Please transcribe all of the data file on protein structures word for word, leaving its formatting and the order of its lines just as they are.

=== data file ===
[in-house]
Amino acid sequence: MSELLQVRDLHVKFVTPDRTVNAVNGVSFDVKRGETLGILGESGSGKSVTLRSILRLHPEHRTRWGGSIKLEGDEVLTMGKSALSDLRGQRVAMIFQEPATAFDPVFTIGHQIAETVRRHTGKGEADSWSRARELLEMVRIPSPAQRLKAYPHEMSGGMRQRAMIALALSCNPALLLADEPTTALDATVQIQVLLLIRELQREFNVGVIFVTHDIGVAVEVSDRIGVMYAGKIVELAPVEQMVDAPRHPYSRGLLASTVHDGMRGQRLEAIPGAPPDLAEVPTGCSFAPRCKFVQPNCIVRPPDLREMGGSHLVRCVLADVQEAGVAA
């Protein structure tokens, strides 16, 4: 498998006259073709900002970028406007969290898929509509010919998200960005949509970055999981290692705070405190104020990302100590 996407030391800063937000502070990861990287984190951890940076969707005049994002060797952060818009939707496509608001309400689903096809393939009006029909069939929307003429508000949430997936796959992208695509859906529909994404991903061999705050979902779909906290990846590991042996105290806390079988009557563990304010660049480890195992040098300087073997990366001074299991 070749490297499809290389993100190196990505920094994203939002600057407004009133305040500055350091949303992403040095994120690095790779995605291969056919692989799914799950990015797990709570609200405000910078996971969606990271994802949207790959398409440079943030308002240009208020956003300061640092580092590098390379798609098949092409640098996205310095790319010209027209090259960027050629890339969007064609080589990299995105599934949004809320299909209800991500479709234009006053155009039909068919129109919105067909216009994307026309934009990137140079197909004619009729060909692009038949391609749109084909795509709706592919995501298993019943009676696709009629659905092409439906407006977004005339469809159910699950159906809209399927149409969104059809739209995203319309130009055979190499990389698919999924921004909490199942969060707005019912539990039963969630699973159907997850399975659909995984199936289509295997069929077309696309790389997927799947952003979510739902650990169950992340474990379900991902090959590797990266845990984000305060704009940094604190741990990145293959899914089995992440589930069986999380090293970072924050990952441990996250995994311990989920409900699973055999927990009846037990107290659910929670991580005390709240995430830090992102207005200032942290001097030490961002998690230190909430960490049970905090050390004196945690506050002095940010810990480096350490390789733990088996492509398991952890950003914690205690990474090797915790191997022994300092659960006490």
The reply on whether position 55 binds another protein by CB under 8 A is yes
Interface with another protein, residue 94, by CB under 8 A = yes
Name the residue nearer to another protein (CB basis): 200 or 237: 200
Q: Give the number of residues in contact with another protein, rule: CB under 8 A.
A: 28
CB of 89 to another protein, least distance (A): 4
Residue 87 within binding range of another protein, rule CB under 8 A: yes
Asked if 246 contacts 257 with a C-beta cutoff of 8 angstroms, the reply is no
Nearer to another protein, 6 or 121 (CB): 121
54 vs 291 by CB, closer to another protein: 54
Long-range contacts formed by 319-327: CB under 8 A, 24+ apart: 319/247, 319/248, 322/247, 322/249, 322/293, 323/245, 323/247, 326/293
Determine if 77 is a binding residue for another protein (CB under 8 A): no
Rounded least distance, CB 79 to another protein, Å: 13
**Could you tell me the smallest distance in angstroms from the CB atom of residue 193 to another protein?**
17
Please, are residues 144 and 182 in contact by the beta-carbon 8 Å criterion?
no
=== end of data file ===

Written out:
[in-house]
Amino acid sequence: MSELLQVRDLHVKFVTPDRTVNAVNGVSFDVKRGETLGILGESGSGKSVTLRSILRLHPEHRTRWGGSIKLEGDEVLTMGKSALSDLRGQRVAMIFQEPATAFDPVFTIGHQIAETVRRHTGKGEADSWSRARELLEMVRIPSPAQRLKAYPHEMSGGMRQRAMIALALSCNPALLLADEPTTALDATVQIQVLLLIRELQREFNVGVIFVTHDIGVAVEVSDRIGVMYAGKIVELAPVEQMVDAPRHPYSRGLLASTVHDGMRGQRLEAIPGAPPDLAEVPTGCSFAPRCKFVQPNCIVRPPDLREMGGSHLVRCVLADVQEAGVAA
């Protein structure tokens, strides 16, 4: 498998006259073709900002970028406007969290898929509509010919998200960005949509970055999981290692705070405190104020990302100590 996407030391800063937000502070990861990287984190951890940076969707005049994002060797952060818009939707496509608001309400689903096809393939009006029909069939929307003429508000949430997936796959992208695509859906529909994404991903061999705050979902779909906290990846590991042996105290806390079988009557563990304010660049480890195992040098300087073997990366001074299991 070749490297499809290389993100190196990505920094994203939002600057407004009133305040500055350091949303992403040095994120690095790779995605291969056919692989799914799950990015797990709570609200405000910078996971969606990271994802949207790959398409440079943030308002240009208020956003300061640092580092590098390379798609098949092409640098996205310095790319010209027209090259960027050629890339969007064609080589990299995105599934949004809320299909209800991500479709234009006053155009039909068919129109919105067909216009994307026309934009990137140079197909004619009729060909692009038949391609749109084909795509709706592919995501298993019943009676696709009629659905092409439906407006977004005339469809159910699950159906809209399927149409969104059809739209995203319309130009055979190499990389698919999924921004909490199942969060707005019912539990039963969630699973159907997850399975659909995984199936289509295997069929077309696309790389997927799947952003979510739902650990169950992340474990379900991902090959590797990266845990984000305060704009940094604190741990990145293959899914089995992440589930069986999380090293970072924050990952441990996250995994311990989920409900699973055999927990009846037990107290659910929670991580005390709240995430830090992102207005200032942290001097030490961002998690230190909430960490049970905090050390004196945690506050002095940010810990480096350490390789733990088996492509398991952890950003914690205690990474090797915790191997022994300092659960006490």
The reply on whether position 55 binds another protein by CB under 8 A is yes
Interface with another protein, residue 94, by CB under 8 A = yes
Name the residue nearer to another protein (CB basis): 200 or 237: 200
Q: Give the number of residues in contact with another protein, rule: CB under 8 A.
A: 28
CB of 89 to another protein, least distance (A): 4
Residue 87 within binding range of another protein, rule CB under 8 A: yes
Asked if 246 contacts 257 with a C-beta cutoff of 8 angstroms, the reply is no
Nearer to another protein, 6 or 121 (CB): 121
54 vs 291 by CB, closer to another protein: 54
Long-range contacts formed by 319-327: CB under 8 A, 24+ apart: 319/247, 319/248, 322/247, 322/249, 322/293, 323/245, 323/247, 326/293
Determine if 77 is a binding residue for another protein (CB under 8 A): no
Rounded least distance, CB 79 to another protein, Å: 13
**Could you tell me the smallest distance in angstroms from the CB atom of residue 193 to another protein?**
17
Please, are residues 144 and 182 in contact by the beta-carbon 8 Å criterion?
no